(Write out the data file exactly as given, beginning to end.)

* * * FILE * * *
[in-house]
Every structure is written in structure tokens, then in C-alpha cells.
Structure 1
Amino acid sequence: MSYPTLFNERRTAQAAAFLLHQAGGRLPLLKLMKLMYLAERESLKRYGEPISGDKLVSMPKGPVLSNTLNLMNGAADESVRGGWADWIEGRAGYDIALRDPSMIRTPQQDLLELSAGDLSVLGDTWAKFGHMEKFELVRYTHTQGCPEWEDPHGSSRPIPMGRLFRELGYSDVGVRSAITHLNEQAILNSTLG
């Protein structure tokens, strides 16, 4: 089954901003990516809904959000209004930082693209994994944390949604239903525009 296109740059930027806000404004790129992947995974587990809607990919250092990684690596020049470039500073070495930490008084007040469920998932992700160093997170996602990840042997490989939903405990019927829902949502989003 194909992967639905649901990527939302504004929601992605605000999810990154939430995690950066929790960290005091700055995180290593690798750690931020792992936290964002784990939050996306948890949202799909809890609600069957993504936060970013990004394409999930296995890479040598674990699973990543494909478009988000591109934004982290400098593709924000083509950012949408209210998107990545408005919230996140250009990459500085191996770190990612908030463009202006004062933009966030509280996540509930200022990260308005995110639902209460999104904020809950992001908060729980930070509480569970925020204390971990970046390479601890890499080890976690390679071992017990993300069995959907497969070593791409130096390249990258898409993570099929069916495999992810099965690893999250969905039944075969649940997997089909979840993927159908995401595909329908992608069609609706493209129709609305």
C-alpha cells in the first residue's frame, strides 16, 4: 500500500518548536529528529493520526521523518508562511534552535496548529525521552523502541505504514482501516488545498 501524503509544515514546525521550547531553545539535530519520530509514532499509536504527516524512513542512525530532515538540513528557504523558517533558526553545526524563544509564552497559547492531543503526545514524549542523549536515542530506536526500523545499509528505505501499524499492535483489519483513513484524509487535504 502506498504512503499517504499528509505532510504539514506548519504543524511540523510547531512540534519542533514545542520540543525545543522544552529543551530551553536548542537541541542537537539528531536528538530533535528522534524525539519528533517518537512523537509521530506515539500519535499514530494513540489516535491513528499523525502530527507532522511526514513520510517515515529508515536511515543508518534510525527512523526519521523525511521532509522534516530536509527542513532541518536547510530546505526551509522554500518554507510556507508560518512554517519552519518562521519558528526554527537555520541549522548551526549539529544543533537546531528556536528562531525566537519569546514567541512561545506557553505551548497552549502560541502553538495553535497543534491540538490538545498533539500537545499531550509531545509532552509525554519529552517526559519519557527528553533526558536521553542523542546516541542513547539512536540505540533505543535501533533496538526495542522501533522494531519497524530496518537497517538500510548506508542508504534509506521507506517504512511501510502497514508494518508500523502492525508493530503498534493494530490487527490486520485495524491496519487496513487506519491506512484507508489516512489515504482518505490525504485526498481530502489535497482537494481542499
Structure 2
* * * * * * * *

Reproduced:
[in-house]
Every structure is written in structure tokens, then in C-alpha cells.
Structure 1
Amino acid sequence: MSYPTLFNERRTAQAAAFLLHQAGGRLPLLKLMKLMYLAERESLKRYGEPISGDKLVSMPKGPVLSNTLNLMNGAADESVRGGWADWIEGRAGYDIALRDPSMIRTPQQDLLELSAGDLSVLGDTWAKFGHMEKFELVRYTHTQGCPEWEDPHGSSRPIPMGRLFRELGYSDVGVRSAITHLNEQAILNSTLG
């Protein structure tokens, strides 16, 4: 089954901003990516809904959000209004930082693209994994944390949604239903525009 296109740059930027806000404004790129992947995974587990809607990919250092990684690596020049470039500073070495930490008084007040469920998932992700160093997170996602990840042997490989939903405990019927829902949502989003 194909992967639905649901990527939302504004929601992605605000999810990154939430995690950066929790960290005091700055995180290593690798750690931020792992936290964002784990939050996306948890949202799909809890609600069957993504936060970013990004394409999930296995890479040598674990699973990543494909478009988000591109934004982290400098593709924000083509950012949408209210998107990545408005919230996140250009990459500085191996770190990612908030463009202006004062933009966030509280996540509930200022990260308005995110639902209460999104904020809950992001908060729980930070509480569970925020204390971990970046390479601890890499080890976690390679071992017990993300069995959907497969070593791409130096390249990258898409993570099929069916495999992810099965690893999250969905039944075969649940997997089909979840993927159908995401595909329908992608069609609706493209129709609305």
C-alpha cells in the first residue's frame, strides 16, 4: 500500500518548536529528529493520526521523518508562511534552535496548529525521552523502541505504514482501516488545498 501524503509544515514546525521550547531553545539535530519520530509514532499509536504527516524512513542512525530532515538540513528557504523558517533558526553545526524563544509564552497559547492531543503526545514524549542523549536515542530506536526500523545499509528505505501499524499492535483489519483513513484524509487535504 502506498504512503499517504499528509505532510504539514506548519504543524511540523510547531512540534519542533514545542520540543525545543522544552529543551530551553536548542537541541542537537539528531536528538530533535528522534524525539519528533517518537512523537509521530506515539500519535499514530494513540489516535491513528499523525502530527507532522511526514513520510517515515529508515536511515543508518534510525527512523526519521523525511521532509522534516530536509527542513532541518536547510530546505526551509522554500518554507510556507508560518512554517519552519518562521519558528526554527537555520541549522548551526549539529544543533537546531528556536528562531525566537519569546514567541512561545506557553505551548497552549502560541502553538495553535497543534491540538490538545498533539500537545499531550509531545509532552509525554519529552517526559519519557527528553533526558536521553542523542546516541542513547539512536540505540533505543535501533533496538526495542522501533522494531519497524530496518537497517538500510548506508542508504534509506521507506517504512511501510502497514508494518508500523502492525508493530503498534493494530490487527490486520485495524491496519487496513487506519491506512484507508489516512489515504482518505490525504485526498481530502489535497482537494481542499
Structure 2